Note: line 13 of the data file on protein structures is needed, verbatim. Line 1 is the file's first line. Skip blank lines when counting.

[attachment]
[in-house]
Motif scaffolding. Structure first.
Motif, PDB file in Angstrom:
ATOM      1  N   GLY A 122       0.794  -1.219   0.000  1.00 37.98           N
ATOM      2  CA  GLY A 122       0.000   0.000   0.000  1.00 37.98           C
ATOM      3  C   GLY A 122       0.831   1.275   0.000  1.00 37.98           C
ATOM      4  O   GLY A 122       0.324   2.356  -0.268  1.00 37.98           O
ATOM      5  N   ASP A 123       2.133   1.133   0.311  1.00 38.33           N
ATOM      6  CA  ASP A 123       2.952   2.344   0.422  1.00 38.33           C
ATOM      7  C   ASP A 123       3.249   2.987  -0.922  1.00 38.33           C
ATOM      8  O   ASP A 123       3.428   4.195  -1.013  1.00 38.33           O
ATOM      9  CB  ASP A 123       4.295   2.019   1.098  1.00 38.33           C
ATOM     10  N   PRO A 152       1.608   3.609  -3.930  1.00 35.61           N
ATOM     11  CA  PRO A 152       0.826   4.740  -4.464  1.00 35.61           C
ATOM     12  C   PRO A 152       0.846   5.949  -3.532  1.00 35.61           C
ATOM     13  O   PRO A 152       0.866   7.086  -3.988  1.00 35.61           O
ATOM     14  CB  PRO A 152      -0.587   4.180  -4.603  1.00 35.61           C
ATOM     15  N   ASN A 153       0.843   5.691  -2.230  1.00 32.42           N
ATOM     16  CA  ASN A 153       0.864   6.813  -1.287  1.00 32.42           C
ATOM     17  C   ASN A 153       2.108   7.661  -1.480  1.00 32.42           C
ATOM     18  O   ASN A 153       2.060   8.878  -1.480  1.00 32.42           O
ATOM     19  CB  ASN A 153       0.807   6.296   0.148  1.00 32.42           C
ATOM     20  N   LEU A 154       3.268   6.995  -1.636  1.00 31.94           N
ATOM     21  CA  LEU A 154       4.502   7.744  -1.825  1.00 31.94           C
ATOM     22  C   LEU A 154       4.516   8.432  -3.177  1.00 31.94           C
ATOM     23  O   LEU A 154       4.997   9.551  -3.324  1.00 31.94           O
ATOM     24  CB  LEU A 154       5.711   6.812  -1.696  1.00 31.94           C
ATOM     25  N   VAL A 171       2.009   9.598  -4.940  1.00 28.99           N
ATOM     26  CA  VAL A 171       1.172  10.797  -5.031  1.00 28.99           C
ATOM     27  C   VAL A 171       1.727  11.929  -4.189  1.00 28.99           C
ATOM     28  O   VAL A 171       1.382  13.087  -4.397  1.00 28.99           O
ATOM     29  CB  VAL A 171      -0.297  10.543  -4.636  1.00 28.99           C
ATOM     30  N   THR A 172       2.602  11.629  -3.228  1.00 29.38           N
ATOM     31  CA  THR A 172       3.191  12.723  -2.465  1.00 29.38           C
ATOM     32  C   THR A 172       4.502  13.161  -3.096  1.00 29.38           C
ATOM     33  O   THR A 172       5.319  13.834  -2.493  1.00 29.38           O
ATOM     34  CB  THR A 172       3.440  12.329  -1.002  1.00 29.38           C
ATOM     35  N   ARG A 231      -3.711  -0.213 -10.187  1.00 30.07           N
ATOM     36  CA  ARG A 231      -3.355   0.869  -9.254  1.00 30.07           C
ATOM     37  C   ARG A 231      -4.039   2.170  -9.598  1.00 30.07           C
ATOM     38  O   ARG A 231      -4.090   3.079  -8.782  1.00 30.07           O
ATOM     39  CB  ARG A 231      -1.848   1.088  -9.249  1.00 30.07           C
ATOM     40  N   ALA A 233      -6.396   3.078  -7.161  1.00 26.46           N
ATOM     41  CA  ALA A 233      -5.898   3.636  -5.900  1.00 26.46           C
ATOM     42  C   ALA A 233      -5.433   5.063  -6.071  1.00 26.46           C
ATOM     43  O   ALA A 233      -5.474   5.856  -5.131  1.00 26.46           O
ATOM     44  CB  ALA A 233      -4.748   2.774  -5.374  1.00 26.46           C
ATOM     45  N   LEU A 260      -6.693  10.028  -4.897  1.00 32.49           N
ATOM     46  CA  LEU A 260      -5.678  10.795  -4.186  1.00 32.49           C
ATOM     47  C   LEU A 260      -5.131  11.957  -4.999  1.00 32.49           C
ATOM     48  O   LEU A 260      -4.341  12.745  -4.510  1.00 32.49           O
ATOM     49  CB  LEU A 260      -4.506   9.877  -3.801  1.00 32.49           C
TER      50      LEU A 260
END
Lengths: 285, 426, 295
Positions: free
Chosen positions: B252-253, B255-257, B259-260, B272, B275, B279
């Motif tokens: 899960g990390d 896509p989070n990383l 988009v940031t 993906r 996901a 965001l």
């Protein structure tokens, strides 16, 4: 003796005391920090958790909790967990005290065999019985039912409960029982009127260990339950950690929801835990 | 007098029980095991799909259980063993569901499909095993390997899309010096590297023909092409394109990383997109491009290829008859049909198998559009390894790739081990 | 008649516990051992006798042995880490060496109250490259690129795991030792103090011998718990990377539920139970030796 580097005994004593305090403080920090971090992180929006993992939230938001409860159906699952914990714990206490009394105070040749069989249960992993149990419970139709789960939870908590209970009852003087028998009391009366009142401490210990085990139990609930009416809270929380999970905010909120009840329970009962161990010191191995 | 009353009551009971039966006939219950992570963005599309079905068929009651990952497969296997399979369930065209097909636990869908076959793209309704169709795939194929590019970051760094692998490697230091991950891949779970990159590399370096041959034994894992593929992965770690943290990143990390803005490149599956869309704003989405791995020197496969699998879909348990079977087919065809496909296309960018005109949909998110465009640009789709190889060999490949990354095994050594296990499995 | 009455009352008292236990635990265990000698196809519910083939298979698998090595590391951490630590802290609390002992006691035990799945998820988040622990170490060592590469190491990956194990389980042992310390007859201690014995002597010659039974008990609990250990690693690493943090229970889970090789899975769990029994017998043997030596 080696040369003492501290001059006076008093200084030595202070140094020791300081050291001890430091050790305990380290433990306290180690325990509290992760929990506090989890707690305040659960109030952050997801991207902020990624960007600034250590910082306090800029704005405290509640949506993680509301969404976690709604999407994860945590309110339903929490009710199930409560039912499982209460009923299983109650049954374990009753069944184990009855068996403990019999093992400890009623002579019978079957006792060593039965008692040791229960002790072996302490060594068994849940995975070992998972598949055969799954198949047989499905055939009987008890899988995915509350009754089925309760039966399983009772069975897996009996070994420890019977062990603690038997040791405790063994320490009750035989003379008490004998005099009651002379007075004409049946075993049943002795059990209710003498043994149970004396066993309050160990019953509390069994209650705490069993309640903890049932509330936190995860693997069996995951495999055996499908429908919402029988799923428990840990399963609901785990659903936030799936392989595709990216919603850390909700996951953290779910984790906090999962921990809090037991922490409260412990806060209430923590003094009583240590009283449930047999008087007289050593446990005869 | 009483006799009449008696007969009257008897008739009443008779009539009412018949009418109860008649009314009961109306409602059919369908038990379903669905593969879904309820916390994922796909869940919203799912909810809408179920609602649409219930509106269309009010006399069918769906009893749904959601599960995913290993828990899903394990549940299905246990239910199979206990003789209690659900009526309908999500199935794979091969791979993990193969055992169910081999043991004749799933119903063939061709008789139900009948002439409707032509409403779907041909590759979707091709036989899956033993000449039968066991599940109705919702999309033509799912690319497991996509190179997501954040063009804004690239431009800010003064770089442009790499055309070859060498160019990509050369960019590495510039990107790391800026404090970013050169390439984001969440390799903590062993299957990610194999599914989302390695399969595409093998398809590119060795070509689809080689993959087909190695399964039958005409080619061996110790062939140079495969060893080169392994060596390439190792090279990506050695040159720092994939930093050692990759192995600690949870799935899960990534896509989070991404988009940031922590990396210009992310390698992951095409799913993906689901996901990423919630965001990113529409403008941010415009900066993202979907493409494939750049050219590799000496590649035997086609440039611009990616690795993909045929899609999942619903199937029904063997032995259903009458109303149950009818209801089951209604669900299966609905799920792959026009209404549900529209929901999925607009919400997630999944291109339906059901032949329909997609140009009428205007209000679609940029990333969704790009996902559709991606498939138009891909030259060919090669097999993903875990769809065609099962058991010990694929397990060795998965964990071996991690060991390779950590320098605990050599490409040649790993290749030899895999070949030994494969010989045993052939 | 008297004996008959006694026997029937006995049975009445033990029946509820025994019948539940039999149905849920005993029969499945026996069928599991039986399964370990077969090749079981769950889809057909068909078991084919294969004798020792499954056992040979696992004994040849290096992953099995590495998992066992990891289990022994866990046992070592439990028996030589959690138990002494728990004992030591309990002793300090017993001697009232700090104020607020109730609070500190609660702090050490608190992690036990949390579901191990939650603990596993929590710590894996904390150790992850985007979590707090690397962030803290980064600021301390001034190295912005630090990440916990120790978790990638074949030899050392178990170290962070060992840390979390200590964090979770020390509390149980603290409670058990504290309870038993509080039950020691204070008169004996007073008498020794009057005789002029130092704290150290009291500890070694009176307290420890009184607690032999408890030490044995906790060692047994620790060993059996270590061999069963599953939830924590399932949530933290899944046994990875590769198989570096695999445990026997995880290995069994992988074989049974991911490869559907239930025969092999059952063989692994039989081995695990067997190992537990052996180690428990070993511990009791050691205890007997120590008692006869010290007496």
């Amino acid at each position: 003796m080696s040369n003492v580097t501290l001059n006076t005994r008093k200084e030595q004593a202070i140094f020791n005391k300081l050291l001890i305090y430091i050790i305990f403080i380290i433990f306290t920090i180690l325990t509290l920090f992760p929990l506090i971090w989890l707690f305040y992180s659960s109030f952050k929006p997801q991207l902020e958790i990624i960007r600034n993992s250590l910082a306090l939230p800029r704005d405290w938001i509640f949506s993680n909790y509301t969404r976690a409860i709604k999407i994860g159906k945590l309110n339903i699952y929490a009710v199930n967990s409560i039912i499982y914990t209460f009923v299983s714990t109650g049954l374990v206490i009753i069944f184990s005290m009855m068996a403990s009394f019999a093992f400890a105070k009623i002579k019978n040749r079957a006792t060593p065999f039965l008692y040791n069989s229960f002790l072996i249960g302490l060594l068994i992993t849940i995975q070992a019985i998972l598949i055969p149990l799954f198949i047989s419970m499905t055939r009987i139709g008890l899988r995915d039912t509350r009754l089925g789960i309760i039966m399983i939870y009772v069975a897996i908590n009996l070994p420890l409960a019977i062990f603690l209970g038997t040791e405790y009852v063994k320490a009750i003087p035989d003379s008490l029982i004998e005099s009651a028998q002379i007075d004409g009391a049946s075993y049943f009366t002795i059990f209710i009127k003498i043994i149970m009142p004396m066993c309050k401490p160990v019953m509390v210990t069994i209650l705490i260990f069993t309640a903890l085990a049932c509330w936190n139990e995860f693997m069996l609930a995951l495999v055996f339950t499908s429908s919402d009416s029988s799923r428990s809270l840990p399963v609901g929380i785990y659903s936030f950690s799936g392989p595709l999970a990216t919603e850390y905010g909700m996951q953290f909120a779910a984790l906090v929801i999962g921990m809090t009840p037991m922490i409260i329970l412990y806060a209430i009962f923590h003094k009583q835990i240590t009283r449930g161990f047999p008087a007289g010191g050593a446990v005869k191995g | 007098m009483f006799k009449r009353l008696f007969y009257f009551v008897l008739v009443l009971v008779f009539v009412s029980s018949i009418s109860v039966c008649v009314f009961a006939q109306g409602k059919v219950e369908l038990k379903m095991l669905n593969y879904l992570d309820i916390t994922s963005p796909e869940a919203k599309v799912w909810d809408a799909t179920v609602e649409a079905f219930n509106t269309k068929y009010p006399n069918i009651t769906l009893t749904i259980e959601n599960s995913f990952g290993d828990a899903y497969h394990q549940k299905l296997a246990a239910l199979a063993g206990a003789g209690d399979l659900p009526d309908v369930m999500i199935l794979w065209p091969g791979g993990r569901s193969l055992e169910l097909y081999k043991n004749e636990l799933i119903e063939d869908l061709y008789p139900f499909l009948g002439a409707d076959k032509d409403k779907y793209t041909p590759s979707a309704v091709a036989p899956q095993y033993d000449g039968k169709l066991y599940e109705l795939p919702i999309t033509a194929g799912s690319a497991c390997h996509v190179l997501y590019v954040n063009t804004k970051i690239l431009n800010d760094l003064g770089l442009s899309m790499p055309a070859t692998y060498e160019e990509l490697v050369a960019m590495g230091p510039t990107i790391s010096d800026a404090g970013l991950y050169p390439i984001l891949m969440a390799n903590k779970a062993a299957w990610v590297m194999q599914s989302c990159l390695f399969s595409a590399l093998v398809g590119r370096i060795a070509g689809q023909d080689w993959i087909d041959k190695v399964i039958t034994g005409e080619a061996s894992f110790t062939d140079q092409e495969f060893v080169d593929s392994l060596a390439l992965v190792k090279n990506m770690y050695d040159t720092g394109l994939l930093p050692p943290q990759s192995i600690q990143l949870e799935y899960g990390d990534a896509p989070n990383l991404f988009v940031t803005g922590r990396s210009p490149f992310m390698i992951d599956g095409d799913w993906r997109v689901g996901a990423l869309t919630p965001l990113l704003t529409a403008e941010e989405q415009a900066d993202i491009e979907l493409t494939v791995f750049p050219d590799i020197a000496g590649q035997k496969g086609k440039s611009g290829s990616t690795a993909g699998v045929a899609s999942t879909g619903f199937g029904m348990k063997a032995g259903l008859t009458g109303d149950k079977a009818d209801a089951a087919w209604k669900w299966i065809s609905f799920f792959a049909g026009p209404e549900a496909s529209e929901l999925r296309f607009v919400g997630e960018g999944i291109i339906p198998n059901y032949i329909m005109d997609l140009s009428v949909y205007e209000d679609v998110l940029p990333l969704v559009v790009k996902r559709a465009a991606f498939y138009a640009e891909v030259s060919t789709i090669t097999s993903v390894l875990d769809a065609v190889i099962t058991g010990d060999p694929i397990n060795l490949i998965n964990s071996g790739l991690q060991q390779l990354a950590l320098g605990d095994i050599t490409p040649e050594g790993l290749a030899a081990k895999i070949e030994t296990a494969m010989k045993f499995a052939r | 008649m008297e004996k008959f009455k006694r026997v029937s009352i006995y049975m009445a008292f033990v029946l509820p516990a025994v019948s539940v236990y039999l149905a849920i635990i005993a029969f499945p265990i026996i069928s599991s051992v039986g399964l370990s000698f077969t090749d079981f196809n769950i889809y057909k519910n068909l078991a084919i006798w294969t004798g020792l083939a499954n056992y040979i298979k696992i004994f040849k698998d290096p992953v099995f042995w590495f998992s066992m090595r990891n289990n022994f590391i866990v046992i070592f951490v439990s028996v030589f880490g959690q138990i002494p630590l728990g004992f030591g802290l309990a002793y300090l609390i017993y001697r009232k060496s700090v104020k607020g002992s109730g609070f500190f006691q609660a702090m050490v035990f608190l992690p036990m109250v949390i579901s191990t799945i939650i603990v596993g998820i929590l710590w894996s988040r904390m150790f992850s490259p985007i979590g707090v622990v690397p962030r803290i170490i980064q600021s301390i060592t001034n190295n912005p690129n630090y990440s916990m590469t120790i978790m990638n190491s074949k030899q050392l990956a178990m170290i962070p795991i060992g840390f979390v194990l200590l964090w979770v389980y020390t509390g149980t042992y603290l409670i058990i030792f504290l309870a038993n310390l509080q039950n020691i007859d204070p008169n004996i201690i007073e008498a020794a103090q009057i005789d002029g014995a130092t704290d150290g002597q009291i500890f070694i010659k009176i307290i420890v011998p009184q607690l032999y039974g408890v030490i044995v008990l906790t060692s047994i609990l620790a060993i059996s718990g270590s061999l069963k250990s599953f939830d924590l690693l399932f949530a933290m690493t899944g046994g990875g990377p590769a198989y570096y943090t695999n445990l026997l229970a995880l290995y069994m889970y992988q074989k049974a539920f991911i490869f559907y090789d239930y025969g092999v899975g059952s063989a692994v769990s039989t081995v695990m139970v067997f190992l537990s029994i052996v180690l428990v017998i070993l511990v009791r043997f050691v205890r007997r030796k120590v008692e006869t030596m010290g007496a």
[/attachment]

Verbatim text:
ATOM     10  N   PRO A 152       1.608   3.609  -3.930  1.00 35.61           N